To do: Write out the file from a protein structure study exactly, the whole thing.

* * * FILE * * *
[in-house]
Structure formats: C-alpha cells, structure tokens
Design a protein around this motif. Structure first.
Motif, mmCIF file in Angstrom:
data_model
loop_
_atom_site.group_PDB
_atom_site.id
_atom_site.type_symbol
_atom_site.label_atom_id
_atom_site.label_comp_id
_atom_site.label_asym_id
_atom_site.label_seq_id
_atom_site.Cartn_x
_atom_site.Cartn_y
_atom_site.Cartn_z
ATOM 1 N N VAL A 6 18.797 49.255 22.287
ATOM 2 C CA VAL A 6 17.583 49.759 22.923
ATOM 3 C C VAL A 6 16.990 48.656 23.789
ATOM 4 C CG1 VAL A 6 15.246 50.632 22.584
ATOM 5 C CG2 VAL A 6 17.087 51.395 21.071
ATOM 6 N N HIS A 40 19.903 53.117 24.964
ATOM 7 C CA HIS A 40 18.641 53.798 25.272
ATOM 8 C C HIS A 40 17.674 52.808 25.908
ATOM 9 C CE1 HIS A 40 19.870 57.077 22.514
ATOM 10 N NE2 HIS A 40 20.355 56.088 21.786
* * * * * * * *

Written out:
[in-house]
Structure formats: C-alpha cells, structure tokens
Design a protein around this motif. Structure first.
Motif, mmCIF file in Angstrom:
data_model
loop_
_atom_site.group_PDB
_atom_site.id
_atom_site.type_symbol
_atom_site.label_atom_id
_atom_site.label_comp_id
_atom_site.label_asym_id
_atom_site.label_seq_id
_atom_site.Cartn_x
_atom_site.Cartn_y
_atom_site.Cartn_z
ATOM 1 N N VAL A 6 18.797 49.255 22.287
ATOM 2 C CA VAL A 6 17.583 49.759 22.923
ATOM 3 C C VAL A 6 16.990 48.656 23.789
ATOM 4 C CG1 VAL A 6 15.246 50.632 22.584
ATOM 5 C CG2 VAL A 6 17.087 51.395 21.071
ATOM 6 N N HIS A 40 19.903 53.117 24.964
ATOM 7 C CA HIS A 40 18.641 53.798 25.272
ATOM 8 C C HIS A 40 17.674 52.808 25.908
ATOM 9 C CE1 HIS A 40 19.870 57.077 22.514
ATOM 10 N NE2 HIS A 40 20.355 56.088 21.786